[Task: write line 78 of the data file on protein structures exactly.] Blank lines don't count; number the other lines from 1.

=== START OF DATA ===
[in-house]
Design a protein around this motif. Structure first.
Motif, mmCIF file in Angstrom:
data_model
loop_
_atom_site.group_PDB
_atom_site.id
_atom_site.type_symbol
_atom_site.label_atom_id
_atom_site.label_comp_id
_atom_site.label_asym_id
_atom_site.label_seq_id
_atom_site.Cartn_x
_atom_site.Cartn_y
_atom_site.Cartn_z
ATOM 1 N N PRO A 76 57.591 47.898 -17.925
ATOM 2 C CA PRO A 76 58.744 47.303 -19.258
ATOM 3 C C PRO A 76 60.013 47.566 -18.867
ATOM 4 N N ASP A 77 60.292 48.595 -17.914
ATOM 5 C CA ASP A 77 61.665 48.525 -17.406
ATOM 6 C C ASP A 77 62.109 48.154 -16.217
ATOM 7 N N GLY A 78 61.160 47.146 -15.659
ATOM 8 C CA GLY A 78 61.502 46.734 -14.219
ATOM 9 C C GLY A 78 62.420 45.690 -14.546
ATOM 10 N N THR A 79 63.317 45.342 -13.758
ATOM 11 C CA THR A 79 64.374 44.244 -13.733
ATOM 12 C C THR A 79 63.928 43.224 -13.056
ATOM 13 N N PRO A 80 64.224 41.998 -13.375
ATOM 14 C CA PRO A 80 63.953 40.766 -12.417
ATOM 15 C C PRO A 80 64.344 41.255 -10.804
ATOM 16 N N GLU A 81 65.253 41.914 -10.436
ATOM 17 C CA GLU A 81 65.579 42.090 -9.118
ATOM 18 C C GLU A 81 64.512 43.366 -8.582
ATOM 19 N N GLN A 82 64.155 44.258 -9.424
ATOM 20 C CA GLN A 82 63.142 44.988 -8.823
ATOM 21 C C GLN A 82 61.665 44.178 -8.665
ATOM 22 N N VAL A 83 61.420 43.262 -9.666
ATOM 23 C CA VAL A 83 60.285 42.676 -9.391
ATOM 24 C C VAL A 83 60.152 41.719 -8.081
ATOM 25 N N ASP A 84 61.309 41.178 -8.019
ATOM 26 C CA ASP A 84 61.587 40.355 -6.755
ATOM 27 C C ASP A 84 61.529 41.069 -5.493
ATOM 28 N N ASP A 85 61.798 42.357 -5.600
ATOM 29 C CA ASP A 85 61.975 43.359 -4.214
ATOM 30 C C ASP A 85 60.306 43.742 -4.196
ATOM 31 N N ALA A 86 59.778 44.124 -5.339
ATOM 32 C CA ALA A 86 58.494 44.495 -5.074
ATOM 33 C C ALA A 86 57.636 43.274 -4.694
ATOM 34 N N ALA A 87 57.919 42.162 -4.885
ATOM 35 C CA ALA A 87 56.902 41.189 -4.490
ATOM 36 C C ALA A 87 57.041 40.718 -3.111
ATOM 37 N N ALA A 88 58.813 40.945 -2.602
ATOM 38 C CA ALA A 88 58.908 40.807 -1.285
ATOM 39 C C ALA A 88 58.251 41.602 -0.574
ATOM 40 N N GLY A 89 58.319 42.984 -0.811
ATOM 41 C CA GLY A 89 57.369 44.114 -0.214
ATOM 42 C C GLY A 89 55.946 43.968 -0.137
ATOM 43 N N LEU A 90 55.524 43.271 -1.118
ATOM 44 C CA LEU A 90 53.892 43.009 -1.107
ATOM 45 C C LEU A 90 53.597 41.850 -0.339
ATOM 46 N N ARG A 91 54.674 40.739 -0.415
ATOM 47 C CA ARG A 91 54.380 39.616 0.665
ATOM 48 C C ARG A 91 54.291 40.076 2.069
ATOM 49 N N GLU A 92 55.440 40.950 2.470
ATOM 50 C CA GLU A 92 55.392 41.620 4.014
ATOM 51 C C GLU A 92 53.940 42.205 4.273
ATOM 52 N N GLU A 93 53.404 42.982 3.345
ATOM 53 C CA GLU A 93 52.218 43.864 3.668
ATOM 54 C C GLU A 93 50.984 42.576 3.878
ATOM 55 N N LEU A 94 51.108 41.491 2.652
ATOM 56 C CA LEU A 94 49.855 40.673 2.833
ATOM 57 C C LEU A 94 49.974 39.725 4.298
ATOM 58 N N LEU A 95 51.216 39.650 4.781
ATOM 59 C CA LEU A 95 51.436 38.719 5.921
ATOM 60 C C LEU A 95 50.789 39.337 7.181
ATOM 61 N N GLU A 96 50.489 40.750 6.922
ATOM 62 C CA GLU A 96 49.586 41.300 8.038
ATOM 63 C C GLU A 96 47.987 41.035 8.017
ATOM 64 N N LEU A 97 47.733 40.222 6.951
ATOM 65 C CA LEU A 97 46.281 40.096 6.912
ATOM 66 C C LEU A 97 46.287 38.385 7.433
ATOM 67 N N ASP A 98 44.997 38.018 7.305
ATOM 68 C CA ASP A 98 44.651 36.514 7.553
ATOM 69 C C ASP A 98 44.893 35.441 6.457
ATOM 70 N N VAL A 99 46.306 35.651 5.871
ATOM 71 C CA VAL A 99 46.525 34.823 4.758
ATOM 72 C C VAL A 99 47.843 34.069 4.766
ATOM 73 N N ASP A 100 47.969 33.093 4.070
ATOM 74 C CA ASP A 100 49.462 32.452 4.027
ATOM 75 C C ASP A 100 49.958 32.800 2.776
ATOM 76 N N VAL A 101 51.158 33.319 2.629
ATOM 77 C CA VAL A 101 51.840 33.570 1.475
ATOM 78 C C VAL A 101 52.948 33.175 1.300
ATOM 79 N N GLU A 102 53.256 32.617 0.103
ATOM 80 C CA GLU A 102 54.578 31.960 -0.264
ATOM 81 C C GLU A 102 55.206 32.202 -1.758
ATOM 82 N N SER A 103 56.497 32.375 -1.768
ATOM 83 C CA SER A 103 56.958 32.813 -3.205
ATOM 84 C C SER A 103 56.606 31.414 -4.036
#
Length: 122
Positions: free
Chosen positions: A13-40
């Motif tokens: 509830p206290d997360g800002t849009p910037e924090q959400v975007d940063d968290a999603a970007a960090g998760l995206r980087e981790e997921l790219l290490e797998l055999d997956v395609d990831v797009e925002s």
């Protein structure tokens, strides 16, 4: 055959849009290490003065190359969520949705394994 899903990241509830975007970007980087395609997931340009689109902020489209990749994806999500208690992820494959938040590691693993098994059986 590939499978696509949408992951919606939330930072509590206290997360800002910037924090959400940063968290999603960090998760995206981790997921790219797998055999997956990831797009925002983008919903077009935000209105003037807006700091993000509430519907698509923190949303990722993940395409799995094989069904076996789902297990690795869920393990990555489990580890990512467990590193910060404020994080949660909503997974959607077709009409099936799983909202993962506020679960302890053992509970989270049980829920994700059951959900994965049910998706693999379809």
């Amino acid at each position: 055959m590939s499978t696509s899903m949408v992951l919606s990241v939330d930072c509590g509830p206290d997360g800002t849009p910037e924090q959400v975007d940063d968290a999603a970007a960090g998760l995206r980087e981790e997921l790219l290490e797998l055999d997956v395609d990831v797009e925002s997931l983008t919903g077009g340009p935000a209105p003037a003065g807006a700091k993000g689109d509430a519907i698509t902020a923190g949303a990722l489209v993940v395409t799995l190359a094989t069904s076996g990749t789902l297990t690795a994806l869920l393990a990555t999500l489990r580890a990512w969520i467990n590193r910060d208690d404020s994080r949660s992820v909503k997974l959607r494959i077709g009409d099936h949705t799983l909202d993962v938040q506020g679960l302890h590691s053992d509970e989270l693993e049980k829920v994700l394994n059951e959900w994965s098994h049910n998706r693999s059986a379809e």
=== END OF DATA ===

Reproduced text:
ATOM 63 C C GLU A 96 47.987 41.035 8.017